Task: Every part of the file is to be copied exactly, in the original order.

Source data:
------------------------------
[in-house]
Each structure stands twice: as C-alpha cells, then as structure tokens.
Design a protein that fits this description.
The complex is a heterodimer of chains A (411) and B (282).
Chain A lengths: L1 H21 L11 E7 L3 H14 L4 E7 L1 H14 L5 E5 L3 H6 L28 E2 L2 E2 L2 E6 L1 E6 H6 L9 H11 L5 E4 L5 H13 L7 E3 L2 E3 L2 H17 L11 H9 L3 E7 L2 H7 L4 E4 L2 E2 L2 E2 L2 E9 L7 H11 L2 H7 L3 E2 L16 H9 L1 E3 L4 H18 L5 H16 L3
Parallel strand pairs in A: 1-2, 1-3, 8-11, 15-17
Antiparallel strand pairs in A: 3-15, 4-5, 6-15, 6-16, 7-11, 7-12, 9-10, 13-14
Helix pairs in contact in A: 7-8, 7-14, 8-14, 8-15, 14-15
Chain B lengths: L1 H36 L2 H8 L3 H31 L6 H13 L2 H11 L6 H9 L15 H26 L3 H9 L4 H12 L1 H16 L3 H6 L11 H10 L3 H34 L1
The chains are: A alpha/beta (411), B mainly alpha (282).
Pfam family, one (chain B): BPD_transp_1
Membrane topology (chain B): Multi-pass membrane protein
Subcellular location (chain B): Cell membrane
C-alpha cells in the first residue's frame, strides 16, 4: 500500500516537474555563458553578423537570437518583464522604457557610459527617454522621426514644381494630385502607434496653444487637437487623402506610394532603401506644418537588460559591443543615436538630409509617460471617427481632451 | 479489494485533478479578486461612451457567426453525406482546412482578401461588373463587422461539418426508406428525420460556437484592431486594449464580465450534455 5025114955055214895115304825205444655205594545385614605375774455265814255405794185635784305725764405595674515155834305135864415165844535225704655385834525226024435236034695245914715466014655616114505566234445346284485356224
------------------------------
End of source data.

[in-house]
Each structure stands twice: as C-alpha cells, then as structure tokens.
Design a protein that fits this description.
The complex is a heterodimer of chains A (411) and B (282).
Chain A lengths: L1 H21 L11 E7 L3 H14 L4 E7 L1 H14 L5 E5 L3 H6 L28 E2 L2 E2 L2 E6 L1 E6 H6 L9 H11 L5 E4 L5 H13 L7 E3 L2 E3 L2 H17 L11 H9 L3 E7 L2 H7 L4 E4 L2 E2 L2 E2 L2 E9 L7 H11 L2 H7 L3 E2 L16 H9 L1 E3 L4 H18 L5 H16 L3
Parallel strand pairs in A: 1-2, 1-3, 8-11, 15-17
Antiparallel strand pairs in A: 3-15, 4-5, 6-15, 6-16, 7-11, 7-12, 9-10, 13-14
Helix pairs in contact in A: 7-8, 7-14, 8-14, 8-15, 14-15
Chain B lengths: L1 H36 L2 H8 L3 H31 L6 H13 L2 H11 L6 H9 L15 H26 L3 H9 L4 H12 L1 H16 L3 H6 L11 H10 L3 H34 L1
The chains are: A alpha/beta (411), B mainly alpha (282).
Pfam family, one (chain B): BPD_transp_1
Membrane topology (chain B): Multi-pass membrane protein
Subcellular location (chain B): Cell membrane
C-alpha cells in the first residue's frame, strides 16, 4: 500500500516537474555563458553578423537570437518583464522604457557610459527617454522621426514644381494630385502607434496653444487637437487623402506610394532603401506644418537588460559591443543615436538630409509617460471617427481632451 | 479489494485533478479578486461612451457567426453525406482546412482578401461588373463587422461539418426508406428525420460556437484592431486594449464580465450534455 5025114955055214895115304825205444655205594545385614605375774455265814255405794185635784305725764405595674515155834305135864415165844535225704655385834525226024435236034695245914715466014655616114505566234445346284485356224